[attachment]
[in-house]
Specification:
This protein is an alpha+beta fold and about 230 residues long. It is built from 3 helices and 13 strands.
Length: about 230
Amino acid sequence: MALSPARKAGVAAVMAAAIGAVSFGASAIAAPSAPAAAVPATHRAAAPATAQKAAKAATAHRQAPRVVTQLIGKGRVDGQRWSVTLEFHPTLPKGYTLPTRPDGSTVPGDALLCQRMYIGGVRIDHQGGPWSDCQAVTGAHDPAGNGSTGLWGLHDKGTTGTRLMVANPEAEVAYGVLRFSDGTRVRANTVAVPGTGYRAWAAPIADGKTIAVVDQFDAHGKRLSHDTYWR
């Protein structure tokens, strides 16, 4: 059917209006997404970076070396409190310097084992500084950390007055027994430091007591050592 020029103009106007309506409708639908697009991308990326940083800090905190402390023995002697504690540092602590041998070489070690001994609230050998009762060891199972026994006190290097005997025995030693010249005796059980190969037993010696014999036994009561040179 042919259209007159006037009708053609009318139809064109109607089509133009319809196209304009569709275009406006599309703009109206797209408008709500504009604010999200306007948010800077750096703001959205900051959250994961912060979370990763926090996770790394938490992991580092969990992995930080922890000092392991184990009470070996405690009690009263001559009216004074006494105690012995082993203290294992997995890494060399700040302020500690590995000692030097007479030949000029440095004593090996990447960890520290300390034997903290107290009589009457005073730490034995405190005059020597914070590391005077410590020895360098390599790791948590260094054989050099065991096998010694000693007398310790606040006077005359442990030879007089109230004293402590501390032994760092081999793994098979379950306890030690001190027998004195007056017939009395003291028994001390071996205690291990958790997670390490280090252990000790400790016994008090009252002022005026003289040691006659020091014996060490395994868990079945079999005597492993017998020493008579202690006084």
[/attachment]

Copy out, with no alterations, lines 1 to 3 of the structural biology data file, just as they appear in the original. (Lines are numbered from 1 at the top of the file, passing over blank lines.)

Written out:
[in-house]
Specification:
This protein is an alpha+beta fold and about 230 residues long. It is built from 3 helices and 13 strands.